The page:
Clavicle fractures: Associated trauma and morbidity

J Clin Orthop Trauma. 2020 Aug 26;13:53-56. doi: 10.1016/j.jcot.2020.08.020. eCollection 2021 Feb.


Background: Clavicle fractures are frequently associated with trauma to regions beyond the immediate zone of injury. In order to provide surgeons with information on injury prevalence to prevent delays in diagnosis and management, we describe the epidemiology of concomitant injuries in patients with clavicle fractures and identify differences between those with open and closed fractures. Methods:The Nationwide Inpatient Sample (NIS) 2001-2013 database was queried for adult patients discharged with a diagnosis of a clavicle fracture using ICD-9 codes. A "common" injury was defined as prevalence ≥4.0% in our study population. We analyzed data for injury locations associated with open vs. closed clavicle fractures with chi square and independent samples t-tests.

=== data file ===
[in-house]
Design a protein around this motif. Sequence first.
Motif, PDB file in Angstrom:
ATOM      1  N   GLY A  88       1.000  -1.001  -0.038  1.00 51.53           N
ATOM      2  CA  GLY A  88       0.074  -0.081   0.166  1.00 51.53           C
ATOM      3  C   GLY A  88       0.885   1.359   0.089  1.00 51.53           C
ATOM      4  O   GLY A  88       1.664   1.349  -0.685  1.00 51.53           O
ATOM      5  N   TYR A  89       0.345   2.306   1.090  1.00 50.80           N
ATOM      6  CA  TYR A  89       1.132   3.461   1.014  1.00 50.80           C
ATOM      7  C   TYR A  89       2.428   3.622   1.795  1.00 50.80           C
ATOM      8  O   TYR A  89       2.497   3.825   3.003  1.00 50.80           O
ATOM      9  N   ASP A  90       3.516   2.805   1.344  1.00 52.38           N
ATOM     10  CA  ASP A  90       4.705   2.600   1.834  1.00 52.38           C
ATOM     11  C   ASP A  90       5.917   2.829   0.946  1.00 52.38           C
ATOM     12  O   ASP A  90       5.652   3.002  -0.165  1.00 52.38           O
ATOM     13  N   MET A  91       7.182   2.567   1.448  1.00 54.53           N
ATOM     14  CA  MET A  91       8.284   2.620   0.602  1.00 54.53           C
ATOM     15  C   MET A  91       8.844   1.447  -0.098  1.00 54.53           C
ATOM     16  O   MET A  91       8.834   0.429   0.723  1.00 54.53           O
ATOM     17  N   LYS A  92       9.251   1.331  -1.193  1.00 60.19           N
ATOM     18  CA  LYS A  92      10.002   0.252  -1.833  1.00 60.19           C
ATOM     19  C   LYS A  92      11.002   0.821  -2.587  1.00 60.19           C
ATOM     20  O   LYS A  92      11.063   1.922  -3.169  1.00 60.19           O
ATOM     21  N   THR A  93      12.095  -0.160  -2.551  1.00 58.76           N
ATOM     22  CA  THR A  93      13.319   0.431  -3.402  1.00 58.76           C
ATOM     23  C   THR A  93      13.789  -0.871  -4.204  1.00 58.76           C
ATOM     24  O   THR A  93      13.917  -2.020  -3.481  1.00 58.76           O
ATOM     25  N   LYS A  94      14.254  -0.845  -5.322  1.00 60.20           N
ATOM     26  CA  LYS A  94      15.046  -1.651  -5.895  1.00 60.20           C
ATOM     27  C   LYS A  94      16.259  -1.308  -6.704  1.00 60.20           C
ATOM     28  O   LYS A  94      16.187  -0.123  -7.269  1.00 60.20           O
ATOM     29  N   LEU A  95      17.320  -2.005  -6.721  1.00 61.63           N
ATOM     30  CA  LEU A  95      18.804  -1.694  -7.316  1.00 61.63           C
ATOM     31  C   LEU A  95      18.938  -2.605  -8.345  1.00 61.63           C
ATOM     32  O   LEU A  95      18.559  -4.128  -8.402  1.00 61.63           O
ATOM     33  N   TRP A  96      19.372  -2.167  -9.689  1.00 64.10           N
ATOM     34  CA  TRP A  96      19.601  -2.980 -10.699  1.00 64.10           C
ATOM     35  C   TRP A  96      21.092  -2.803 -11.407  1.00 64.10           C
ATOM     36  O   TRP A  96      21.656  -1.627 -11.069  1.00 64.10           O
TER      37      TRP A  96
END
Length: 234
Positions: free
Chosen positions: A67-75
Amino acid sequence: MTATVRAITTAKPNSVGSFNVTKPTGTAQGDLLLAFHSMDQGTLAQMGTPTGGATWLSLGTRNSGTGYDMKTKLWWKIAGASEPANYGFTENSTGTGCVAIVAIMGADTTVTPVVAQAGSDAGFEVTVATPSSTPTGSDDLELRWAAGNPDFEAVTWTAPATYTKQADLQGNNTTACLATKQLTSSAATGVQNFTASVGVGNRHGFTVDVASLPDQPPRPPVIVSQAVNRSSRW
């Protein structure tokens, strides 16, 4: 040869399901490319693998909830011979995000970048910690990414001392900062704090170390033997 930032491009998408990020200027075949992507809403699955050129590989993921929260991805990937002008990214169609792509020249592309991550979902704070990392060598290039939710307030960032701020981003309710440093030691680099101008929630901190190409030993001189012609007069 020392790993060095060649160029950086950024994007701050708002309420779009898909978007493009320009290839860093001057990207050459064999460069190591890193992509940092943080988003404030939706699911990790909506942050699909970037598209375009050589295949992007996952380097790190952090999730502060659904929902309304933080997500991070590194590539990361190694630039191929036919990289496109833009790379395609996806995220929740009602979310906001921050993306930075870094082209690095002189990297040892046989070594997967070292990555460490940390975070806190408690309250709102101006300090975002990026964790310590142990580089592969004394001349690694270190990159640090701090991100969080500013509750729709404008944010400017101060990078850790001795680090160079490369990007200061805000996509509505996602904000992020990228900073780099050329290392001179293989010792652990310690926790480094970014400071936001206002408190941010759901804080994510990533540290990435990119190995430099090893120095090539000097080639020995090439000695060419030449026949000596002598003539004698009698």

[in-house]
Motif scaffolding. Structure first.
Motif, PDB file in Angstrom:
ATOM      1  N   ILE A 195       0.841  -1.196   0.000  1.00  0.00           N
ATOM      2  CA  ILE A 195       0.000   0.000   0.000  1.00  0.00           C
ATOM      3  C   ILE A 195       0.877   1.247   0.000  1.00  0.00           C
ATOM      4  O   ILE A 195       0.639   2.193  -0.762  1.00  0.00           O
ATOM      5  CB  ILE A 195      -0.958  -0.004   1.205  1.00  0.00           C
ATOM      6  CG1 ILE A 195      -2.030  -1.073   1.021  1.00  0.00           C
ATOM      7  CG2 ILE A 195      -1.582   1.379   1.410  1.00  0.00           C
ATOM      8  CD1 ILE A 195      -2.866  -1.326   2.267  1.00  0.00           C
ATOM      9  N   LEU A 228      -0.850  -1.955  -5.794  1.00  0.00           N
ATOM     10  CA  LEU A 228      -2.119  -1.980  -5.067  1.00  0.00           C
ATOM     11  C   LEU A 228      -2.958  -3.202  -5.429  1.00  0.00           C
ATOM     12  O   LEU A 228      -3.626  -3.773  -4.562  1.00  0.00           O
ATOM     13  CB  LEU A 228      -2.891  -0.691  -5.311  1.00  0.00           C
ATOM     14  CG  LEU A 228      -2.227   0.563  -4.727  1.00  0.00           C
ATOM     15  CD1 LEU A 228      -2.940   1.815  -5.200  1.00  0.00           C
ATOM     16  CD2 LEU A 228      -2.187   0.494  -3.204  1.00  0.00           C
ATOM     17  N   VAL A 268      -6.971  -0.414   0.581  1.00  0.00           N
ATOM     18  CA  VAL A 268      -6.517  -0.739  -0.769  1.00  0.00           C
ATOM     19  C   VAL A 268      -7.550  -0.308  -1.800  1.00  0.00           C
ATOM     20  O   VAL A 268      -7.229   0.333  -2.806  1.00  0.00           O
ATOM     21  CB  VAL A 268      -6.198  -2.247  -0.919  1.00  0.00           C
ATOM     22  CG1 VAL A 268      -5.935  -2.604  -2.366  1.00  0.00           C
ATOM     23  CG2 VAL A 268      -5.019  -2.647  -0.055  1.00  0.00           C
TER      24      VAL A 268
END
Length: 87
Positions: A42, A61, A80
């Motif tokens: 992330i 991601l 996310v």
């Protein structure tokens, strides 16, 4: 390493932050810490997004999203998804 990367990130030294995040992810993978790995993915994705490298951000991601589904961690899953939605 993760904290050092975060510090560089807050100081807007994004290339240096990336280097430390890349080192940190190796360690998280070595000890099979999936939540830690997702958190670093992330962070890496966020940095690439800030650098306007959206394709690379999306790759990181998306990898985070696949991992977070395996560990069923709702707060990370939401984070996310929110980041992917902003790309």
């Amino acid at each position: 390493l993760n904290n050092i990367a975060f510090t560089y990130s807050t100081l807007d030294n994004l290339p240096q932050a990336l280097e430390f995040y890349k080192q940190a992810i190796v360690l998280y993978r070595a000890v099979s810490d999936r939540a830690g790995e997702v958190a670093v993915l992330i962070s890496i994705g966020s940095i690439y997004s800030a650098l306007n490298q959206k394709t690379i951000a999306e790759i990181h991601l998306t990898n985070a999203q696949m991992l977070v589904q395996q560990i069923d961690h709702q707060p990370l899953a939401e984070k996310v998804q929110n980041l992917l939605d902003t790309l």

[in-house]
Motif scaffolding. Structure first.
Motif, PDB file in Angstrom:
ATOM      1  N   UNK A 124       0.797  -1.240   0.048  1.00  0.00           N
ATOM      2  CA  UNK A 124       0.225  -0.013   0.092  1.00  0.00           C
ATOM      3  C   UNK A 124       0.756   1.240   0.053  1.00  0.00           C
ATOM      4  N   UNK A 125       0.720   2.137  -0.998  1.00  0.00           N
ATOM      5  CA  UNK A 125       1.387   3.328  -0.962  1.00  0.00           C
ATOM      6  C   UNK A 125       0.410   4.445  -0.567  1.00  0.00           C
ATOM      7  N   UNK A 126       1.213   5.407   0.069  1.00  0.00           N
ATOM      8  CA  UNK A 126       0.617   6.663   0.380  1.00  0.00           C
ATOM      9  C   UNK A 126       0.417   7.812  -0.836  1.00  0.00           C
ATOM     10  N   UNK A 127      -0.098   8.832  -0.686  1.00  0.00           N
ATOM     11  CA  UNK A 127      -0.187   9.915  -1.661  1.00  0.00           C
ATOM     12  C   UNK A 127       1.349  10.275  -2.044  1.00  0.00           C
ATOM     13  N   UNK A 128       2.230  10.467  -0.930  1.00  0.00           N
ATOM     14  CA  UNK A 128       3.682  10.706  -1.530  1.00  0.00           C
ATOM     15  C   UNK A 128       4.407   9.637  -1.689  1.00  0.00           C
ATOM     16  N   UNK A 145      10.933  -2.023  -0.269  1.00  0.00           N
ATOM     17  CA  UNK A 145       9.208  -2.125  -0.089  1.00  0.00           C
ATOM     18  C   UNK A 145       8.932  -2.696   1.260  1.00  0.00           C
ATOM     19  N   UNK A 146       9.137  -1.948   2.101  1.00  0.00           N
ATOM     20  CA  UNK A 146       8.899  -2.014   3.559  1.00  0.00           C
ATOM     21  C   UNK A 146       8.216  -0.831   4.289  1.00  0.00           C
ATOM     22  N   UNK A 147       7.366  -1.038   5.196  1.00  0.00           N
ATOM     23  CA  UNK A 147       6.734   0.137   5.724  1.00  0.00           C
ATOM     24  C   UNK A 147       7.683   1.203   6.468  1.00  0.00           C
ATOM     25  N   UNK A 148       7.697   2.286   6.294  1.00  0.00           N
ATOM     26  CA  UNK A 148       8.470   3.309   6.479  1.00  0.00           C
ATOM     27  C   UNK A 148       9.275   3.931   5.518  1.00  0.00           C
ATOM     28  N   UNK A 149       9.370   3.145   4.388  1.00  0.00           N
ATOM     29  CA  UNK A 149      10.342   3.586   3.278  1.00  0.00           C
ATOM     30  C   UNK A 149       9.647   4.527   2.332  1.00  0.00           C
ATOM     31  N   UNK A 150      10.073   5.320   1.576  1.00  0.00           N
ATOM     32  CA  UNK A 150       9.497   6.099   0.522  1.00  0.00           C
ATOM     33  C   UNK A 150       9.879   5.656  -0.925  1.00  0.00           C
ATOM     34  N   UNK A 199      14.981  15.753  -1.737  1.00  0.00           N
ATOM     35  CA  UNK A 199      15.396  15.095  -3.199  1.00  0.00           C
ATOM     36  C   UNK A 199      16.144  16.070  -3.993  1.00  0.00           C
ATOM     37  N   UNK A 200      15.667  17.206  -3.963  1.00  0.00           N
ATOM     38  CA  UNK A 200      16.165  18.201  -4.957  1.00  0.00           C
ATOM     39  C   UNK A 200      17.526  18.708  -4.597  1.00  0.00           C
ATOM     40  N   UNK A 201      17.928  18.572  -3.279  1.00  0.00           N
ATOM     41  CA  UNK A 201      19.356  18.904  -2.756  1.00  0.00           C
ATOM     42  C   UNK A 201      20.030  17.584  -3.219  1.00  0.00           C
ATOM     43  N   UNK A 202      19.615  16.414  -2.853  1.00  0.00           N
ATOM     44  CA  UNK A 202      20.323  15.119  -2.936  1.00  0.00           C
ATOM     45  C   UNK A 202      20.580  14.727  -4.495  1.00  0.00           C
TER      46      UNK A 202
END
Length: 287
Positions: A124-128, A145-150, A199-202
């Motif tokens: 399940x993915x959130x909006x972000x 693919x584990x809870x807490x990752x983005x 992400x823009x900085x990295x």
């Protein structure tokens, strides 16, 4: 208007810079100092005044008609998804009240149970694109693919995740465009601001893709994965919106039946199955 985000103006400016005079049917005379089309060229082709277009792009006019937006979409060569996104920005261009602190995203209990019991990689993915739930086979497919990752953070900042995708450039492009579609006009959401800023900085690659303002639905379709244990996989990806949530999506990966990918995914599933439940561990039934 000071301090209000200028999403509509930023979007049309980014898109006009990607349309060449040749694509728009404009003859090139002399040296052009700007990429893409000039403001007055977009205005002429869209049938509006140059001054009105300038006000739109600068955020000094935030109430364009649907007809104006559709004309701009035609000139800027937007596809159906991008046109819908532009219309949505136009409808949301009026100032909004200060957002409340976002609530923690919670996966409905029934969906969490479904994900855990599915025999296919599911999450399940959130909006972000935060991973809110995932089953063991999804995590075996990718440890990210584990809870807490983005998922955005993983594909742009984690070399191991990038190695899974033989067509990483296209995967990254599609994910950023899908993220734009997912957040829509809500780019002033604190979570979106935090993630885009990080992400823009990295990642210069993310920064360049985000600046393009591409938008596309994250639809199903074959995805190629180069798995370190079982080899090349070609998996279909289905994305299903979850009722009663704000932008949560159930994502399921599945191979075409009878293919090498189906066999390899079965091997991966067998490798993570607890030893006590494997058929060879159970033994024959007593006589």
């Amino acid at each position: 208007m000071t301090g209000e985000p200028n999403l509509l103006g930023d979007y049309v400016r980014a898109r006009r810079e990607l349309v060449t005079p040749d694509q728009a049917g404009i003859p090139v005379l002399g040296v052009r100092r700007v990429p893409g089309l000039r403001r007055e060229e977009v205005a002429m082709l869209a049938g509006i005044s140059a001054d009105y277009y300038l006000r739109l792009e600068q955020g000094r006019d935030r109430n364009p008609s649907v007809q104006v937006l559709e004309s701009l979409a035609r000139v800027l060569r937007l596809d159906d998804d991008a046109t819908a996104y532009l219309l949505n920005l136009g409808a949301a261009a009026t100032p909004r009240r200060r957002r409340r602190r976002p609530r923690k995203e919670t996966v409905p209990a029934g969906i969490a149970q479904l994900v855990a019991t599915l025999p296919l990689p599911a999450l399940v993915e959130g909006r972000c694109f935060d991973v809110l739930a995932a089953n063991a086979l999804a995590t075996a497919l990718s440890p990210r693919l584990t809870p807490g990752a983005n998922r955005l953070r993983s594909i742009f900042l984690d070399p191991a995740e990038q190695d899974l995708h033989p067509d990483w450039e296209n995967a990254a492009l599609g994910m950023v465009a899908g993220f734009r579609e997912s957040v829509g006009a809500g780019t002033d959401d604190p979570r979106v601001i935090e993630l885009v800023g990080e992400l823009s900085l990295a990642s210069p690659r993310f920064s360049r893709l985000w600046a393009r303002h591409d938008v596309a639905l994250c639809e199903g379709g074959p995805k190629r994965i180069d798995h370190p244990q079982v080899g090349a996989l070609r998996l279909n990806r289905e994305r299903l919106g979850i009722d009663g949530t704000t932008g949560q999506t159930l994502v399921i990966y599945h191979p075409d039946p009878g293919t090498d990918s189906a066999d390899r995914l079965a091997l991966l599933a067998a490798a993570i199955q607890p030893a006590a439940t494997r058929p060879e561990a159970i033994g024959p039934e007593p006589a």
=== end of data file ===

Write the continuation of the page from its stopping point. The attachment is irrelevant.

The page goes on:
Results: A total of 41,1612 patients were included in our study population. The majority of patients had closed clavicle fractures (98.2%). The most common concomitant fracture was that of the rib, followed by the spine. The most common non-vascular, non-nervous injury was a hemo/pneumothorax followed by a lung, bronchus, or diaphragm injury. Fractures of the humerus, rib, scapula, pelvis, tibia or fibula, and facial bones as well as concussion, pneumo/hemothorax, other pulmonary, and splenic injuries were more common in patients with open clavicle fractures. Patients with open clavicle fractures were, on average, 11.8 years younger than those with closed fractures.

Conclusion: There is a significant association between clavicle fractures and concussion, splenic, and thoracic injuries, as well as increased rate of complications with open fractures. Clinicians may use this information to perform risk assessments prevent delays in diagnosis.

Keywords: Associated trauma; Clavicle; Concomitant injury; Epidemiology; Fracture.